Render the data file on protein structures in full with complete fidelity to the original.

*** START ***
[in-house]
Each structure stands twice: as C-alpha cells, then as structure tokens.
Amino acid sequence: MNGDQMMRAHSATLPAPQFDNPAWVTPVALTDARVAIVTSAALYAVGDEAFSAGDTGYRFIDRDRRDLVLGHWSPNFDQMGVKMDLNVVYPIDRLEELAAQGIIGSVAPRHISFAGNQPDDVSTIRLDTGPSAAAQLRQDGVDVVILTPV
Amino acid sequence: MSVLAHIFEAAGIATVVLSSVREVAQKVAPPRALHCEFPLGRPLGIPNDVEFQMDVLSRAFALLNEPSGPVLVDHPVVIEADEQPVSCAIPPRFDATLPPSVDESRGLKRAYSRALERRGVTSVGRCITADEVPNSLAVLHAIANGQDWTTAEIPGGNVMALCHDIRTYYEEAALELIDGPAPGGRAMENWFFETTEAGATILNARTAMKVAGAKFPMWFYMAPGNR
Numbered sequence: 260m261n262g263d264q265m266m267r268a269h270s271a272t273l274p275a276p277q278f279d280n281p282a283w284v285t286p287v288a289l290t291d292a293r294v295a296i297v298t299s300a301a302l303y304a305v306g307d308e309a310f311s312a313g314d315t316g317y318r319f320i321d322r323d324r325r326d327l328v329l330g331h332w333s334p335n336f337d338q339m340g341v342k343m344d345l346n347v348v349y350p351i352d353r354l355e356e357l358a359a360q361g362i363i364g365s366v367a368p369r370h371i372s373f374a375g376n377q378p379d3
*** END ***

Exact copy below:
[in-house]
Each structure stands twice: as C-alpha cells, then as structure tokens.
Amino acid sequence: MNGDQMMRAHSATLPAPQFDNPAWVTPVALTDARVAIVTSAALYAVGDEAFSAGDTGYRFIDRDRRDLVLGHWSPNFDQMGVKMDLNVVYPIDRLEELAAQGIIGSVAPRHISFAGNQPDDVSTIRLDTGPSAAAQLRQDGVDVVILTPV
Amino acid sequence: MSVLAHIFEAAGIATVVLSSVREVAQKVAPPRALHCEFPLGRPLGIPNDVEFQMDVLSRAFALLNEPSGPVLVDHPVVIEADEQPVSCAIPPRFDATLPPSVDESRGLKRAYSRALERRGVTSVGRCITADEVPNSLAVLHAIANGQDWTTAEIPGGNVMALCHDIRTYYEEAALELIDGPAPGGRAMENWFFETTEAGATILNARTAMKVAGAKFPMWFYMAPGNR
Numbered sequence: 260m261n262g263d264q265m266m267r268a269h270s271a272t273l274p275a276p277q278f279d280n281p282a283w284v285t286p287v288a289l290t291d292a293r294v295a296i297v298t299s300a301a302l303y304a305v306g307d308e309a310f311s312a313g314d315t316g317y318r319f320i321d322r323d324r325r326d327l328v329l330g331h332w333s334p335n336f337d338q339m340g341v342k343m344d345l346n347v348v349y350p351i352d353r354l355e356e357l358a359a360q361g362i363i364g365s366v367a368p369r370h371i372s373f374a375g376n377q378p379d3